However, when I’m scanning a menu for meals, I’m usually making multiple assessments simultaneously – what dish appeals to me, what is healthy, what’s worth eating in a restaurant compared to home-cooked, what haven’t I already eaten yesterday and what is affordable. Wouldn’t know how to translate this decision-making process into a different kind of menu…

  3. Erin says:

    Menus in restaurants are often written so that they provoke diners to ask for waiters input or suggestions. I like that the decision is hard. Food is delightfully simple or ridiculously complex as the menu makers and chefs want it to be. Remember basic programming where we had to make psuedo-code and we used the sandwich making decision tree? What kind of bread, what kind of cheese, condiments, etc. so that the decision of how to make the sandwich could be patterned? It could be as complex or as simple as we wanted it. My point is, sometimes the decision has to be hard. It is okay, it just takes longer.

  4. Pete Worrell says:

    Hey Sister, you have to read my friend Barry Schwartz’s book THE PARADOX OF CHOICE. Schwartz integrates various psychological models for subjective well being, showing how the problem of choice can be addressed by different strategies. He also has a great TED talk here:http://www.ted.com/talks/barry_schwartz_on_the_paradox_of_choice.html.

    You may be (in his lexicon) a maximizer, not a satisficer!

    PRW

  5. HT Lee says:

    Very interesting mindmap, Sarah. For me, I live in a multiracial and multicultural country (Malaysia) and the choices of food here is just too much. My first question (major branches) is do I want chinese, indian, malay, western or others? Next would be wet or dry? Spicy or non-spicy? And so on and so forth. And of course budget is also a factor somewhere. Or sometimes, if the restaurant is well-known, I’d ask the waiter for their signature dishes. :)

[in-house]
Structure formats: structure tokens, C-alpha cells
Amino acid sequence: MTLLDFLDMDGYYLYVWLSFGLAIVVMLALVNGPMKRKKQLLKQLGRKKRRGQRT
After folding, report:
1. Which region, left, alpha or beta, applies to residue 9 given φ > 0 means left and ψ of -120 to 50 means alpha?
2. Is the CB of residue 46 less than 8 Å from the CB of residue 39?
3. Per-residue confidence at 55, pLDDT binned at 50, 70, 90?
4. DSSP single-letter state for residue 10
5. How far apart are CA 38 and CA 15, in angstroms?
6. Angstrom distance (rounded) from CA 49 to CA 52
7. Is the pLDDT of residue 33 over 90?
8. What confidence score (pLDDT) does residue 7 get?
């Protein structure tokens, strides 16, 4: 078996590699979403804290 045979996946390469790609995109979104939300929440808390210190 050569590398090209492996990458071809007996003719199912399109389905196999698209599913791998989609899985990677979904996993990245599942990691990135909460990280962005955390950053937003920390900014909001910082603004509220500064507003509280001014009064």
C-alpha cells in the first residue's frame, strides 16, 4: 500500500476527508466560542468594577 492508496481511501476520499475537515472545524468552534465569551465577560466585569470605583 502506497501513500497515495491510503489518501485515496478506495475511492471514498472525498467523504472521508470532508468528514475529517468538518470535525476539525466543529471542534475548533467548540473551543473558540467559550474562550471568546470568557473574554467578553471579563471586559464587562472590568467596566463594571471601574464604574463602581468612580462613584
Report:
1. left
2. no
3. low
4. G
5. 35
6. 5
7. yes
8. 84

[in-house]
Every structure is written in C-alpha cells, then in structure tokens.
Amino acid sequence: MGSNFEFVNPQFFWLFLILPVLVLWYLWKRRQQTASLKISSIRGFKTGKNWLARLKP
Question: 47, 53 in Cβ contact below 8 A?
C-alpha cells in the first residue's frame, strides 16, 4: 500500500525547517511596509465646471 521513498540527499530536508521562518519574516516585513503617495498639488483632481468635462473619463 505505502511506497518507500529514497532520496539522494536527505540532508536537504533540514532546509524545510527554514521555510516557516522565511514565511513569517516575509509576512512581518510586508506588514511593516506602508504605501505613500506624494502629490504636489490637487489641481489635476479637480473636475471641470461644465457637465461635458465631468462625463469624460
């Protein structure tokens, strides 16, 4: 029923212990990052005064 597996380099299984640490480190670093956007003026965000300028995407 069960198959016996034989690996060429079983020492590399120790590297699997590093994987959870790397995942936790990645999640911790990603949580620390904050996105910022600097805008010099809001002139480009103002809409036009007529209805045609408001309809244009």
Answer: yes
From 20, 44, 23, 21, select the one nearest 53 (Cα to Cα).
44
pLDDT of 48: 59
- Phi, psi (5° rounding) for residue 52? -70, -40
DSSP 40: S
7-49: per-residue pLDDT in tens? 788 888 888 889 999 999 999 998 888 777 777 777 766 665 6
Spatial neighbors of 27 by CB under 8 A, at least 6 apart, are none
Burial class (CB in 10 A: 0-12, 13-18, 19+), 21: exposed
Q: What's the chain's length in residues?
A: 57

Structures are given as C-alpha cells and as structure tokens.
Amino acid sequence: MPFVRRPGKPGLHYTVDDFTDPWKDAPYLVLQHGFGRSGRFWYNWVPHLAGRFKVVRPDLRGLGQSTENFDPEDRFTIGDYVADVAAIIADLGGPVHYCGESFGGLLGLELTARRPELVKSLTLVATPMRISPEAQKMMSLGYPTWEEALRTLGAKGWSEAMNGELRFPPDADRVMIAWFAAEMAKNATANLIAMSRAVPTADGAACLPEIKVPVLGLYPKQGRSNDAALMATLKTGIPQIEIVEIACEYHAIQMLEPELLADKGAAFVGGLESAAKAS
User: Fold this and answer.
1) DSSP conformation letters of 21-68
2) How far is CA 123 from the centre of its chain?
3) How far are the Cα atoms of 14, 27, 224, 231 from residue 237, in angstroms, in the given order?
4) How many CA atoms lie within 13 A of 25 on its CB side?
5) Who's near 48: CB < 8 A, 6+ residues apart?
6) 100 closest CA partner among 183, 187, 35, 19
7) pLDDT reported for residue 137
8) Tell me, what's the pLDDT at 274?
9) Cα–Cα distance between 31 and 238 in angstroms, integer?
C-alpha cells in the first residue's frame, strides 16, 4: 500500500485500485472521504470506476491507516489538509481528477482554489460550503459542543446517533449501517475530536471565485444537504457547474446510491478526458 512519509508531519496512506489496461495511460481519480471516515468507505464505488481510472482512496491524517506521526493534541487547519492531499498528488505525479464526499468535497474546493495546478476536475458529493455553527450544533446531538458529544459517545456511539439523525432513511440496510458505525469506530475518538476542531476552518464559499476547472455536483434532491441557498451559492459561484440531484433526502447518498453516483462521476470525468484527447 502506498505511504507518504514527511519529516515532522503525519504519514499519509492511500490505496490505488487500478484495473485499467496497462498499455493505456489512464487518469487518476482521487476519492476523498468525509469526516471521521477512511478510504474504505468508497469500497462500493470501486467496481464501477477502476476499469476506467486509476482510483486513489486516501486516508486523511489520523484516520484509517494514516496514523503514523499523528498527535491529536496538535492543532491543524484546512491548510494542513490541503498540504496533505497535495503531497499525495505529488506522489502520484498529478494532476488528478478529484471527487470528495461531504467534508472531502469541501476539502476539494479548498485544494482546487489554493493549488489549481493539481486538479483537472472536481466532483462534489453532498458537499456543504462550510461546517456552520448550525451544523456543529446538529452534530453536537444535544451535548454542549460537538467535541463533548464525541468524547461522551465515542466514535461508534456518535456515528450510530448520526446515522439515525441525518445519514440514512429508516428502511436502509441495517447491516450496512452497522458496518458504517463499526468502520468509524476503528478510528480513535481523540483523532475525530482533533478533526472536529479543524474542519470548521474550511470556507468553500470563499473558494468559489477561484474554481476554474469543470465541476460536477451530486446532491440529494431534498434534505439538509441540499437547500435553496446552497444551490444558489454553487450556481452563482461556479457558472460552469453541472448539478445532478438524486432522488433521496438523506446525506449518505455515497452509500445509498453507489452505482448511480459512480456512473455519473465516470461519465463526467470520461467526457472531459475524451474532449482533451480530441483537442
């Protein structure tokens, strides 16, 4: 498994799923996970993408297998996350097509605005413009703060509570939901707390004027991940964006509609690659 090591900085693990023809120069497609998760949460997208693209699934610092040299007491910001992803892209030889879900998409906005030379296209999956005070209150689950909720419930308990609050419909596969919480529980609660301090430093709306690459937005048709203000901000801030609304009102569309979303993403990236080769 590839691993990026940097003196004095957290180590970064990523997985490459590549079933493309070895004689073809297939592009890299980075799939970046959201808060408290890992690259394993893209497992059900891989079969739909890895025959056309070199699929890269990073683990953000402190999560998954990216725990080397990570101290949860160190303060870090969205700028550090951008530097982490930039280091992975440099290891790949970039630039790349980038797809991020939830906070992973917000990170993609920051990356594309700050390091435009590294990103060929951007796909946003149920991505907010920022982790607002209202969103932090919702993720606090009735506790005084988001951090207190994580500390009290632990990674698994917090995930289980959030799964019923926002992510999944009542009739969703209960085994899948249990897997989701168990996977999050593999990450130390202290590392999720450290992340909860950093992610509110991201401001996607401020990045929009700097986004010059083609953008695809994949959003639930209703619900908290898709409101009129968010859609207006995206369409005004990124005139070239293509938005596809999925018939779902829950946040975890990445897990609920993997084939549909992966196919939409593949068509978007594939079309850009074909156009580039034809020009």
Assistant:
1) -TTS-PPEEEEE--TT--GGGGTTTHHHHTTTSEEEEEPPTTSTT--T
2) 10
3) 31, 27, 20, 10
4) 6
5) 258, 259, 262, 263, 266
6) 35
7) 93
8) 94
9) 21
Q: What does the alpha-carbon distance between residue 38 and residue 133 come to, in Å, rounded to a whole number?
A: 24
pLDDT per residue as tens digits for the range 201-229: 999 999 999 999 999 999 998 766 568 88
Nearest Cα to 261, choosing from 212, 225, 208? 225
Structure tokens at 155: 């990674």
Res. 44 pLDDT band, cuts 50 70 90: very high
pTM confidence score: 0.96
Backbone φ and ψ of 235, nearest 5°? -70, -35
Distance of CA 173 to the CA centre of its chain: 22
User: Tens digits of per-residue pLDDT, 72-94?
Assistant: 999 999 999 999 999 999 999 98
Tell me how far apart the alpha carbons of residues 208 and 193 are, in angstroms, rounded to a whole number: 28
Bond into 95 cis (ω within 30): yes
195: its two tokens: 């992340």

6. Andi says:

    Being a veggie, I usually only have 1 option, so making a decision, at least when it comes to eating, is super easy for me! :)

  7. Sarah says:

    I only eat animals that have been raised in a humane manner and I can’t digest soy, so my first question is always related to the provenance of a restaurant’s meats and seafood. I’m not so picky about anything else. Unfortunately consumers demand for low cost and large portions means there often few protein options for me; thankfully I like cooking. If you too are concerned about animal welfare and the impact of the factory farming of animals on the environment and our health, don’t be afraid to speak up and ask your waiter where they source their meats and seafood, and let restaurant management know you would eat there more often, and be willing to pay more, if they served meat you could feel good about.

  8. Sam Davidson says:

    I agree with Pete’s comment above about “The Paradox of Choice.” That’s what you’re really making the case for. If a restaurant has a giant menu, I question their ability to cook any of it well. Rather, I like local, non-chain restaurants with fewer choices. Usually, they’ll be great at everything listed. Too much is at stake for them to cook a crappy dish. Then, you can’t go wrong and you may not need a flow chart!

    Rather, I wonder if your approach here would apply in other complex decision making processes that don’t necessarily have a good/bad appeal. Like who to hire, where to vacation, or what to wear.

    As always, great “food” for thought!

  9. Rebecca P says:

    Genius!
    Simply delicious plan for a menu, easy to decide what you are in the mood for.